501(c)(3) Charitable Organization Primer
There are four reasons for seeking an IRC Section 501(c)(3) exemption. First, and most obviously, IRC Section 501(c)(3) organizations do not pay income taxes. The second reason is that they are not subject to federal unemployment taxes. The third, and primary, reason is that an IRC Section 501(c)(3) exemption becomes a financing device. Under IRC Section 170, the charitable contribution deduction applies mainly to contributions made to IRC Section 501(c)(3) organizations. Thus charitable organizations can solicit funds on the representation that the federal government will ultimately share in the contribution. Moreover, private foundations and granting agencies of the federal government will normally make grants only to charitable organizations. Thus, IRC Section 501(c)(3) exemption is important to organizations requiring such funding. A final reason involves state law. Many, if not most, states exempt an organization from state income, sales, and property taxes if the organization has received an IRC Section 501(c)(3) exemption.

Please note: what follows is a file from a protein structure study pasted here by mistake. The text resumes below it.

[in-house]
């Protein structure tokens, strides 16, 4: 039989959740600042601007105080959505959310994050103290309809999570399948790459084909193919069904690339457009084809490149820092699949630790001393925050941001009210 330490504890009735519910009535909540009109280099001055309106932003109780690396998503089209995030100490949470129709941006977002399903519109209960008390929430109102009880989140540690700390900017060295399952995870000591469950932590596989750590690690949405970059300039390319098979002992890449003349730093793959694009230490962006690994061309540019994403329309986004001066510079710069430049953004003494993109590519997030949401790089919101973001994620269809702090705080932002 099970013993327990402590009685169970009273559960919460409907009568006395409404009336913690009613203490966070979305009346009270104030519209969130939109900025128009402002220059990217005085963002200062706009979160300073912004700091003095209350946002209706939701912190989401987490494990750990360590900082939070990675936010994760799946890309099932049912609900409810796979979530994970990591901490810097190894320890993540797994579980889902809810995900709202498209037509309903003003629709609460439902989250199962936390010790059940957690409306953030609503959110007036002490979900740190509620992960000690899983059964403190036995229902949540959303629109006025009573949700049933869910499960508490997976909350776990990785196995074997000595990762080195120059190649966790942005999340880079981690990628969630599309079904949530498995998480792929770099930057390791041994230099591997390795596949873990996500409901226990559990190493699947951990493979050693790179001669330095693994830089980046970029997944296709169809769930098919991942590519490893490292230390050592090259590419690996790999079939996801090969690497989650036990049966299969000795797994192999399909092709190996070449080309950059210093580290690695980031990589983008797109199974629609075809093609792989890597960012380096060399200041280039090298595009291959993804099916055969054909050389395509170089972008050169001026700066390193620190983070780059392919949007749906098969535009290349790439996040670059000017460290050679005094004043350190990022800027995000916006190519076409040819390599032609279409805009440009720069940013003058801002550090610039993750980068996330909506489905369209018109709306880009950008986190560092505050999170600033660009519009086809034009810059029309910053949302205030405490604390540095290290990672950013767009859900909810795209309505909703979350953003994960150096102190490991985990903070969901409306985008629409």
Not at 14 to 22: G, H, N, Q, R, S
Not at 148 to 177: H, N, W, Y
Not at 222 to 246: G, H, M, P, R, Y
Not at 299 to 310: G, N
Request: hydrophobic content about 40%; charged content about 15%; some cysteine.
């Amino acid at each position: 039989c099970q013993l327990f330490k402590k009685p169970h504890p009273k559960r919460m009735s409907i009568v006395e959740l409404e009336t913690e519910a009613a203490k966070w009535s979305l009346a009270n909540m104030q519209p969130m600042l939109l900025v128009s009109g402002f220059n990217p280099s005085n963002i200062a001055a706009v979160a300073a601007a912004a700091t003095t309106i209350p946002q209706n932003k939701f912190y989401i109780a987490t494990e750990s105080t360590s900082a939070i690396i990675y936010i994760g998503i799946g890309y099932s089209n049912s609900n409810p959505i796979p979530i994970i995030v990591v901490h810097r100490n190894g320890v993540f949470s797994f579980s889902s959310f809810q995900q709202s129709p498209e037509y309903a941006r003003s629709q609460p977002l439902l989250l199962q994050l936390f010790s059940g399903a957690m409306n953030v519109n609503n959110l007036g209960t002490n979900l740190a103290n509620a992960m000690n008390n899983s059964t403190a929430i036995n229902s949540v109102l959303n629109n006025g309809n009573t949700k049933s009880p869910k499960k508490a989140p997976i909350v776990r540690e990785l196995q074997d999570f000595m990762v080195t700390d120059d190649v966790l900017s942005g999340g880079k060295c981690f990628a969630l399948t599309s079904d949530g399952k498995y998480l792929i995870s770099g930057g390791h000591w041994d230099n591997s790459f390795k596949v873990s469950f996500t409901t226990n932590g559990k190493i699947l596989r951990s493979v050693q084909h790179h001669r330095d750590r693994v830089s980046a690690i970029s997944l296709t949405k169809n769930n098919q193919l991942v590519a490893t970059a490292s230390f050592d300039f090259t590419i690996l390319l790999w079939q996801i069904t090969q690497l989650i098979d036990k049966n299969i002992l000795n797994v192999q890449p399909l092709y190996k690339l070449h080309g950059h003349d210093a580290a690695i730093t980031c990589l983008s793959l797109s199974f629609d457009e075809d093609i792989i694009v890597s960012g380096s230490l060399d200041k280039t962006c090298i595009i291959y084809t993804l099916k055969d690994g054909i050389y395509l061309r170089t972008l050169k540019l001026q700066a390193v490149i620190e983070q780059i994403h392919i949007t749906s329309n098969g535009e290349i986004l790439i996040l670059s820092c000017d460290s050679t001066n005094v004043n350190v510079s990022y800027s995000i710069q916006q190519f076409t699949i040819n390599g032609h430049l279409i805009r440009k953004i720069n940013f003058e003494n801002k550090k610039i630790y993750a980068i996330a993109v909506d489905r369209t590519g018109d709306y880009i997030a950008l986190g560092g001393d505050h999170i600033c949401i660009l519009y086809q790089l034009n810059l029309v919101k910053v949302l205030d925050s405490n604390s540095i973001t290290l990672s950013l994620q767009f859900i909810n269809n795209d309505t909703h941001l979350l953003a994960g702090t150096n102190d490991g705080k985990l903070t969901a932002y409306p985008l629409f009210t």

In summary, an IRC Section 501(c)(3) exemption grants a status to the organization allowing it, without further qualification, to solicit funds which allow it to pursue the purposes for which it has been formed.
IRC Section 501(c)(3) Exempt Organization Requirements
To be tax-exempt under IRC Section 501(c)(3) an organization must be organized and operated exclusively for religious, charitable, scientific, testing for public safety, literary or educational purposes, to foster national or international amateur sports competition, or for the prevention of cruelty to children or animals. An organization is organized exclusively for one or more exempt purposes only if its articles of organization (1) limits the purposes of the organization to one or more exempt purposes; and (2) does not expressly empower the organization to engage, in activities which in themselves are not in furtherance of the exempt purposes.
None of the organizations earnings may benefit any private shareholder or individual. In addition, the organization may not have lobbying government as a substantial part of its activities and it may not participate in any campaign activity for or against political candidates.
Most organizations must file Form 1023 to obtain IRC Section 501(c)(3) status. Once the application is filed, the organization will receive a ruling or determination letter recognizing its exempt status. By establishing its exempt status, potential contributors are assured by the IRS that contributions to the organization will be deductible.